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Ballmer defends Xbox in final shareholder speech

Outgoing Microsoft CEO stresses importance of the company's games business

Steve Ballmer has defended Xbox and Bing in his final speech to shareholders as Microsoft's chief executive.

Recent speculation has suggested that former Nokia CEO Stephen Elop, who is in the running to replace Ballmer, is interested in selling the Xbox and Bing arms of the Microsoft business as he doesn't believe they're profitable.

However, according to an account of Microsoft's annual shareholder meeting on Geek Wire, Ballmer reiterated the importance of both brands to the company's overall games vision.

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Ballmer said Xbox was "a reflection of what is possible when a company, our company, is unified under a common vision".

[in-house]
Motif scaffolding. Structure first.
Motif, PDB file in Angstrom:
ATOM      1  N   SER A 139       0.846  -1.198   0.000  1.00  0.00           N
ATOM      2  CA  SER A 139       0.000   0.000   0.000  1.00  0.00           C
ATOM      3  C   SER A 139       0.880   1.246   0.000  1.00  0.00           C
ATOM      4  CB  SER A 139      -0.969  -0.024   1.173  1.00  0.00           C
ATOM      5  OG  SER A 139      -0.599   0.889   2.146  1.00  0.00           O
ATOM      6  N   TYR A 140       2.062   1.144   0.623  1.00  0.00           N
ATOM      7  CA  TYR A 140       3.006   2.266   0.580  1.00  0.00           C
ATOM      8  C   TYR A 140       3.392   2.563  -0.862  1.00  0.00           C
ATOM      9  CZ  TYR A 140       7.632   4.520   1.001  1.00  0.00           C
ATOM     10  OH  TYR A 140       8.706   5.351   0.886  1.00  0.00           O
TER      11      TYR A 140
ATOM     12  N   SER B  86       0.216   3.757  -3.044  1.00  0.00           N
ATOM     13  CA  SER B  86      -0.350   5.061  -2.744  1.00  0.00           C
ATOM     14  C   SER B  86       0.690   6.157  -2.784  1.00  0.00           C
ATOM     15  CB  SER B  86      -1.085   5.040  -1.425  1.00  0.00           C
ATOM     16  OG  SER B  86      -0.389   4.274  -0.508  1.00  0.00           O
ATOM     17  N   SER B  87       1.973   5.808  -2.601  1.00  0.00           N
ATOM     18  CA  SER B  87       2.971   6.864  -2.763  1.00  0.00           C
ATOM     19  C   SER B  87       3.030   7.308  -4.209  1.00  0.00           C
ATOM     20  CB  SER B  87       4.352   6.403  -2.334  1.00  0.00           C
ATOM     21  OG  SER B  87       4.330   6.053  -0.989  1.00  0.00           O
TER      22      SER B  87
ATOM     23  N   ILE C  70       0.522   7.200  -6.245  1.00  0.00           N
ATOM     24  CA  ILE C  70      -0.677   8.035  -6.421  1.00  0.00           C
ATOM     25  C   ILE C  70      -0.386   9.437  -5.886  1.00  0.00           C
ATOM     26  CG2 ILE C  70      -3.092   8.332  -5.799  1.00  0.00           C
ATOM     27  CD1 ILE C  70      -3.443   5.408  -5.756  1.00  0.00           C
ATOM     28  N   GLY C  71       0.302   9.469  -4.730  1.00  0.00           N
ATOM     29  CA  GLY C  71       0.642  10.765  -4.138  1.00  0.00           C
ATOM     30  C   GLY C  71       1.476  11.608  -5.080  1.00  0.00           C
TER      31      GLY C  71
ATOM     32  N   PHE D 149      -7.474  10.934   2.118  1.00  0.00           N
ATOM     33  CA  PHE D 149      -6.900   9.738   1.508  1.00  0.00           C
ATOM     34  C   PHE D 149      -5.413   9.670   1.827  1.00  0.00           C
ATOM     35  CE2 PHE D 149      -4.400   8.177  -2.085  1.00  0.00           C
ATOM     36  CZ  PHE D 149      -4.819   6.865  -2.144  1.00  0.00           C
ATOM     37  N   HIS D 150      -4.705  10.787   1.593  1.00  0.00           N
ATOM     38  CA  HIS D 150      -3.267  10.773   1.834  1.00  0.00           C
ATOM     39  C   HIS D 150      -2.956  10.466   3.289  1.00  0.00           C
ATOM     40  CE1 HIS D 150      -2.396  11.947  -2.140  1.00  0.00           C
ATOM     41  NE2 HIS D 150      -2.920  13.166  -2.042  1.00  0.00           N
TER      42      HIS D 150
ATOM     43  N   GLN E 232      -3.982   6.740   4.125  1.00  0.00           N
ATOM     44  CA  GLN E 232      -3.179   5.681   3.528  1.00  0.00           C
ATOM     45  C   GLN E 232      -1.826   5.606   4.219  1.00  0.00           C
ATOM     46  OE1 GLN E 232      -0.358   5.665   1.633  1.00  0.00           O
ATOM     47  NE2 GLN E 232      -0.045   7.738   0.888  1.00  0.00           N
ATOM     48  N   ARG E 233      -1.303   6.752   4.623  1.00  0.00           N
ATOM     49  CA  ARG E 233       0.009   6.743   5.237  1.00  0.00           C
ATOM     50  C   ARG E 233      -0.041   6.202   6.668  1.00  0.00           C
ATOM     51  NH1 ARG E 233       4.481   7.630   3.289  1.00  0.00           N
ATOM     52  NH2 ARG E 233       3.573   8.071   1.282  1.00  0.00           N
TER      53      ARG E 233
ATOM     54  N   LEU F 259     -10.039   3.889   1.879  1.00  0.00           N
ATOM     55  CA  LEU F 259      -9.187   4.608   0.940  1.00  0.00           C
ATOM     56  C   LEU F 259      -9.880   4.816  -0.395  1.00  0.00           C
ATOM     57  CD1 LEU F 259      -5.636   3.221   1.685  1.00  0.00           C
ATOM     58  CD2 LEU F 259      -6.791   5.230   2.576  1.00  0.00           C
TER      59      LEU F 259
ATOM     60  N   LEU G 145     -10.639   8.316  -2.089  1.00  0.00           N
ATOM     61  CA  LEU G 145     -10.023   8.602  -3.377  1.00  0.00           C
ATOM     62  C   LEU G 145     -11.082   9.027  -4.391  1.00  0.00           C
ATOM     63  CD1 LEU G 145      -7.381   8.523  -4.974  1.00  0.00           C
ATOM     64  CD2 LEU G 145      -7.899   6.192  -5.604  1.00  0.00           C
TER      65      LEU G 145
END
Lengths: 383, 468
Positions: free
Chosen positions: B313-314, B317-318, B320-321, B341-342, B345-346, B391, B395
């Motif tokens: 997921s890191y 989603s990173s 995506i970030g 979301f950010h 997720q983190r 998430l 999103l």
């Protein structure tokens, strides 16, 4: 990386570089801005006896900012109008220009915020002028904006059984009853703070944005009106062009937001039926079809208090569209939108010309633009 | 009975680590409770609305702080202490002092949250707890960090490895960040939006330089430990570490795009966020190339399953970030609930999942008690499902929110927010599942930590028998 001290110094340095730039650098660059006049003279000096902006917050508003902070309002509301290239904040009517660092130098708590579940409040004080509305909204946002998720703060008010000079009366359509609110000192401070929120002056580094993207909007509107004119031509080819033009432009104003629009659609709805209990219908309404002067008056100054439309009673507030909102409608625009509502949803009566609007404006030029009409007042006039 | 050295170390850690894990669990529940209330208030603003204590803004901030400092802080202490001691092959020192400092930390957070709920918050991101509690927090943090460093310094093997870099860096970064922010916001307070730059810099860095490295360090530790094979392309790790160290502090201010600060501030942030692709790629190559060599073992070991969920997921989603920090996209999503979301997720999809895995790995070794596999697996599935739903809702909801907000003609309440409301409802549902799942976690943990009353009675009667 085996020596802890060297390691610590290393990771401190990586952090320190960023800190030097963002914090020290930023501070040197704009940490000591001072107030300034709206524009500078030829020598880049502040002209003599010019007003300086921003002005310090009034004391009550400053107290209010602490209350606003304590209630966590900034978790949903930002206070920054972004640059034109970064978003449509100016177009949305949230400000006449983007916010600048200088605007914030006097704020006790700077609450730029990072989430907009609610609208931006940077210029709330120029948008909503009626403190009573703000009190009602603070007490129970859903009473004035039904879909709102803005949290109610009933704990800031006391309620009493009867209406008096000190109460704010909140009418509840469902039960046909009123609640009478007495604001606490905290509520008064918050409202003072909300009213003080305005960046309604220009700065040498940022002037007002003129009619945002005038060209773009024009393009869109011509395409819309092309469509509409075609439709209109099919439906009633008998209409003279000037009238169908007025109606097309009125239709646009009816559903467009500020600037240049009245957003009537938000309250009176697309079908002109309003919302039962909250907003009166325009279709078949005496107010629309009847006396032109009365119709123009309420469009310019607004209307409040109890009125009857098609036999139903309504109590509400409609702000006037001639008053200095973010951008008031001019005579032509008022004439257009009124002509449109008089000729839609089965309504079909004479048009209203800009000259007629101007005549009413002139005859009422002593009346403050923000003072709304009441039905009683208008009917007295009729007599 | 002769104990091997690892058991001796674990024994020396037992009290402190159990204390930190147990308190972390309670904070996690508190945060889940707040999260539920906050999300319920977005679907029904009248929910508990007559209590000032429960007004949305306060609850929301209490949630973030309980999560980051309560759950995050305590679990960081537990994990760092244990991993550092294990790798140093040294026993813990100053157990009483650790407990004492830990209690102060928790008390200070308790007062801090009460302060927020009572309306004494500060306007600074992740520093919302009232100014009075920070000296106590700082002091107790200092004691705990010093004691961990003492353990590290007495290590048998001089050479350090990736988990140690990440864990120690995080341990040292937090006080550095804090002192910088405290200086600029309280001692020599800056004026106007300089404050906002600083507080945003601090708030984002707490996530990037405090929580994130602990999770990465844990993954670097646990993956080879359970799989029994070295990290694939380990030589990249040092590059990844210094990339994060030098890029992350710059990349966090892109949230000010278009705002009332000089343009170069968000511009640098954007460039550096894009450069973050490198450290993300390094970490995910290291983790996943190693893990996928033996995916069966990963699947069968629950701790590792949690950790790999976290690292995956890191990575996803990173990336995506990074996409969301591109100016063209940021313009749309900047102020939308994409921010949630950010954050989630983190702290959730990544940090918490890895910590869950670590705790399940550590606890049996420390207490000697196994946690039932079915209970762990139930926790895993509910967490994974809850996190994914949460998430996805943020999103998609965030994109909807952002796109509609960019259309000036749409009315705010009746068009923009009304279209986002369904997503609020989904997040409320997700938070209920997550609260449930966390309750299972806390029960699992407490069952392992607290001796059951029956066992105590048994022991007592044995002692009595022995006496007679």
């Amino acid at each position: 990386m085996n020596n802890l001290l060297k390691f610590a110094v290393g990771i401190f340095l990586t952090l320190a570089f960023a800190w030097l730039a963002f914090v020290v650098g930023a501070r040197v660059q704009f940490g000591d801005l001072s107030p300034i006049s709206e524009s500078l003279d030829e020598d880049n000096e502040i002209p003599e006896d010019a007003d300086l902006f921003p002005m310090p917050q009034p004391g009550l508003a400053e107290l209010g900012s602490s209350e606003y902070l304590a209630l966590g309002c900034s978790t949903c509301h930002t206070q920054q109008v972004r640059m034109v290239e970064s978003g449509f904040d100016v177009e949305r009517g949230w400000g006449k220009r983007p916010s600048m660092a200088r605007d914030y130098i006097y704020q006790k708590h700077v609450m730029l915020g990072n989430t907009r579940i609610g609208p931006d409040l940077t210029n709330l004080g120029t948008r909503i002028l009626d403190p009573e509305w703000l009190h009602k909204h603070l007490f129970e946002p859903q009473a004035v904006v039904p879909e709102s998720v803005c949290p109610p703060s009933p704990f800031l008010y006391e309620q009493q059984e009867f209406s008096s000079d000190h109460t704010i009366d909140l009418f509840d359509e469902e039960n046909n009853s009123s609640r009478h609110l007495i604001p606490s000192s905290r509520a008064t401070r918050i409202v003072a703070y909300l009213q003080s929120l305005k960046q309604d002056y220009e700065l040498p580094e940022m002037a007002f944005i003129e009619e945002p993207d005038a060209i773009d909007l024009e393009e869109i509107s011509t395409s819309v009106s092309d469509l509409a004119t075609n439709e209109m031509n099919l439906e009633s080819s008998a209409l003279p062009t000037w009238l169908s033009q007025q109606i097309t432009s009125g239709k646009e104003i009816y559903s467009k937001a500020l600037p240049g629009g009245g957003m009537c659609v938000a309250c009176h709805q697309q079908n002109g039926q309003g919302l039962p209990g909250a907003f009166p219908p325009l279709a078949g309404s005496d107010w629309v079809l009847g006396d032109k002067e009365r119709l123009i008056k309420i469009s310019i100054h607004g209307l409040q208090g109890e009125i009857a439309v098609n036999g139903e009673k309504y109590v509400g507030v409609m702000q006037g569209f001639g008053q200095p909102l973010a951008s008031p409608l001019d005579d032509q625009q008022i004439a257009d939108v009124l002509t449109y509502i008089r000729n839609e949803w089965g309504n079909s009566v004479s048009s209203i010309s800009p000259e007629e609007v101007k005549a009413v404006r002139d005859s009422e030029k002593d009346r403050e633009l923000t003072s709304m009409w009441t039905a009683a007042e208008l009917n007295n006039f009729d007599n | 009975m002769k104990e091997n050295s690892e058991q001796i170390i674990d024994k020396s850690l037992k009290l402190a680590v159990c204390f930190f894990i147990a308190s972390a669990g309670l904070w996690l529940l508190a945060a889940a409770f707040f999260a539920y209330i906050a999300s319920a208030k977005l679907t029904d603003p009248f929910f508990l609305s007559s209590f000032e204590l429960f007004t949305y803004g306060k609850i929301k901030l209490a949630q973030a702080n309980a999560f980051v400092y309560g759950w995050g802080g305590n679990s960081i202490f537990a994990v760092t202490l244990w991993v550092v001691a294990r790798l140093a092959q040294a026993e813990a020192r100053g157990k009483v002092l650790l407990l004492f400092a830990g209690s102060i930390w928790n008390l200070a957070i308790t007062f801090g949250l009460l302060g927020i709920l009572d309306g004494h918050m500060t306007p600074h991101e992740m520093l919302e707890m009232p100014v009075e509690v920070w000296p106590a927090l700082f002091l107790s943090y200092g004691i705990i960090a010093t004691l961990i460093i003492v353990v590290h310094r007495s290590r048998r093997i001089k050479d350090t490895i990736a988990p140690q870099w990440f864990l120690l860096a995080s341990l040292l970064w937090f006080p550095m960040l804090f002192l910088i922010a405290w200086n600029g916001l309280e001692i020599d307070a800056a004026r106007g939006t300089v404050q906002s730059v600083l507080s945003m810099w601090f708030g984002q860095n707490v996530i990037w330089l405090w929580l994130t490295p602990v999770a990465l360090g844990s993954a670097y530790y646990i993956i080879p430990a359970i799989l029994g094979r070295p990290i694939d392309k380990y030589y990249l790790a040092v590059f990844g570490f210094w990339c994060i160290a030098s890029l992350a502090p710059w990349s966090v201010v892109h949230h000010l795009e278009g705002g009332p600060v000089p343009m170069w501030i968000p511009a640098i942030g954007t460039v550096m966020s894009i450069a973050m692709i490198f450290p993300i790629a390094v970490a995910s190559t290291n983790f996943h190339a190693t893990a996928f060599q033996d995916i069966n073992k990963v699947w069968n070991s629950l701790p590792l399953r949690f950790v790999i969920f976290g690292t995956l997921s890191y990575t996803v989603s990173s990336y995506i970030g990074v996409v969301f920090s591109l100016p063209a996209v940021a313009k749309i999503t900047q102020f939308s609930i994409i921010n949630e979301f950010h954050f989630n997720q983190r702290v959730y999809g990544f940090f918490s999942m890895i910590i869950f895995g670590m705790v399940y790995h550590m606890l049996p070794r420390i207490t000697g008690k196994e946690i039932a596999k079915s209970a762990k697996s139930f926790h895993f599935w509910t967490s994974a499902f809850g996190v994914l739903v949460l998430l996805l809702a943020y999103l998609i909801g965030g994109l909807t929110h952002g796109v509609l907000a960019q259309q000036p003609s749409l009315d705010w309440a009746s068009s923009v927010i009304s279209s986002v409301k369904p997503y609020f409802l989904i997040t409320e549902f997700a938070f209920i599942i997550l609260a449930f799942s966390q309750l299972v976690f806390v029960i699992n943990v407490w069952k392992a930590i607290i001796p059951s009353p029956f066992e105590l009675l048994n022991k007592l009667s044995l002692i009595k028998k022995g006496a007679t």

"This is really a signature moment in the transformation of the company. Microsoft is uniquely positioned to drive and define the next big thing," he added.

Ballmer has been overseeing the firm's Xbox business since July, following the departure of the former head of Microsoft's interactive entertainment business, Don Mattrick. In the long term, Microsoft executive Julie Larson-Green will be brought in as the long-term replacement for Mattrick.

Elsewhere during the conference, a shareholder raised the issue of customer security and privacy.

"We all want to live in a country and a world that's safe and secure," said Microsoft general counsel Brad Smith. "But it is a business imperative that we maintain our customers' trust in every country of the world. We're focused on engineering improvements that will further strengthen security, including strengthening security against snooping by governments."

Earlier this year, Microsoft was accused of allowing the NSA to gain access to Outlook emails, Skype video calls and SkyDrive data as part of a secret US government intelligence initiative called Prism.

Microsoft has since taken measures to reassure customers concerned about privacy. In October, a senior Microsoft executive downplayed speculation that Kinect could be used as an advertising platform, where a user's emotional state and response could be captured and sent to the advertiser, or as a device that captures video information without permission.

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